Like I said, Glocks are easy to maintain, and easy to fix. I broke the ejector on this G21, ordered a new action block with ejector (it comes as a single part) for $8.50, and I replaced it within 5 minutes.
Glockmeister has been nice enough to put up step by step instructions on how to take a Glock apart (with pictures), and I'll link to them here.
The second step, once the weapon has been detail stripped, is to replace the striker and trigger spring with the lighter versions. You should have no reliability issues so long as you replace BOTH springs, doing one without the other could cause problems. Even with the reduced power spring, the striker should have no problem igniting hard primers. These springs by themselves significantly improve the feel, and weight of the trigger pull.
Now what we're going to do, is debur, smooth, polish, and cut the edges on every functional spot of metal to metal contact on the pistol.
Here's a picture blatantly stolen from the web because I'm too lazy to take one myself
The link for this pic takes you to one of the many sites explaining what is commonly referred to as the "$0.25 Glock Trigger Job", which is a lot of what I'm explaining here, only I go a bit further (and it costs a bit more), and get better results.
The most critical bits here are the rounded end of the trigger bar, the trigger connector, the striker ramp, and the "sear" at the end of the trigger bar.
You are now going to have two different connectors, the original (5.5 or 7.5 lbs depending on how and where the weapon was purchased), and the new 3.5lb connector. You may want to practice this on the 5.5lb connector first just to get a feel of how to polish this metal properly.
First, use 000 steel wool, dry, on all of the surfaces circled above. Then using the edged Japanese stone, anywhere there is a sharp metal edge, square it up perfectly, remove any burrs, and make the edges "crisp". You want the edges to be perfectly abrupt, but not so sharp that the corners will break or dent. It's important you use an ultra fine grit Japanese stone, or a ceramic rod here, so that you don't induce more grittiness than you remove.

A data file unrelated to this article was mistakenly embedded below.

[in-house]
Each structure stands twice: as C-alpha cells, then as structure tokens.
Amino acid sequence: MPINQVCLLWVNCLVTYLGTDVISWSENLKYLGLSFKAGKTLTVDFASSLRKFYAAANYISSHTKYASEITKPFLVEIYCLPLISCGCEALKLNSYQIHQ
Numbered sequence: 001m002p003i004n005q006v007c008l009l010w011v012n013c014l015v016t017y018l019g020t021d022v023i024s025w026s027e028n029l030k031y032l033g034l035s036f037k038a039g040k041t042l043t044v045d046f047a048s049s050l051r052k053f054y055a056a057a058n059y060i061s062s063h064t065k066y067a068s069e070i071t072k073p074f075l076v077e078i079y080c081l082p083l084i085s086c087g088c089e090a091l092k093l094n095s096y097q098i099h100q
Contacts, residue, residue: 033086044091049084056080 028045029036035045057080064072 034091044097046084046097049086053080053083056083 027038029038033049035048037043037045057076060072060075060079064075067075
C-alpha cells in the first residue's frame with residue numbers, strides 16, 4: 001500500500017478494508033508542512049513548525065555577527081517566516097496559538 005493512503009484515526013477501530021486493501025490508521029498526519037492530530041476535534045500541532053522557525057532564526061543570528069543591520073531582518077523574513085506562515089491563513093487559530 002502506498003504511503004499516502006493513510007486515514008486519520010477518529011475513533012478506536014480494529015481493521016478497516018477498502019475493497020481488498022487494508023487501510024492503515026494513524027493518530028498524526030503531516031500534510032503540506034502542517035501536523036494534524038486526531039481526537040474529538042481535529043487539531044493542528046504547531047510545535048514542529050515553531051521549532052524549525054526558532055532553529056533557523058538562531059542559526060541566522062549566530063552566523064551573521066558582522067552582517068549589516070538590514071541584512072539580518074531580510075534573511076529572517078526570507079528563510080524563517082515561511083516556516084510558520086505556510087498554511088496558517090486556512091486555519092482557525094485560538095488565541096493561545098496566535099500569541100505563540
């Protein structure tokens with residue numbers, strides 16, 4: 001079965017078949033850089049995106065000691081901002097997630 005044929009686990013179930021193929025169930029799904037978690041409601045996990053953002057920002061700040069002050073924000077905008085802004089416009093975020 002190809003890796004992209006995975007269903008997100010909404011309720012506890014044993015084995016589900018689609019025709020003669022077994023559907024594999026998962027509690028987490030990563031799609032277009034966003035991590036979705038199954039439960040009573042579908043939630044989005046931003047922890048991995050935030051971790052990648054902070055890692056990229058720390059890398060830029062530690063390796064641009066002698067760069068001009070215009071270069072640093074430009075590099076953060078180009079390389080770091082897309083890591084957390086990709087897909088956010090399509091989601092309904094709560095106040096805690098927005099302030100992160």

Once the edges have all been prepped, use the dremel and jewelers rouge to smooth and polish all the metal to metal contact points. You will also want to lightly smooth the ramp in the center of the slide. There doesn't need to be a mirror finish, but using your fingernail each point should be COMPLETELY smooth. Pay special attention to the squared off , bent up angle on the back of the trigger bar that acts like a sear, the rounded end of the trigger bar that slides along the connector, the underside of the connector itself, and the wedge shaped block at the end of the striker. These point really should be polished almost to a mirror finish with the crispest edges possible. The firing pin plunger, and the section of the transfer bar that rides against it are important, but no matter how smooth you make them, it wont make TOO much of a difference (or course every bit helps).
Next, your polishing will have broken the edges, so go back over them with the ultra fine stone very lightly, just to make them crisp again.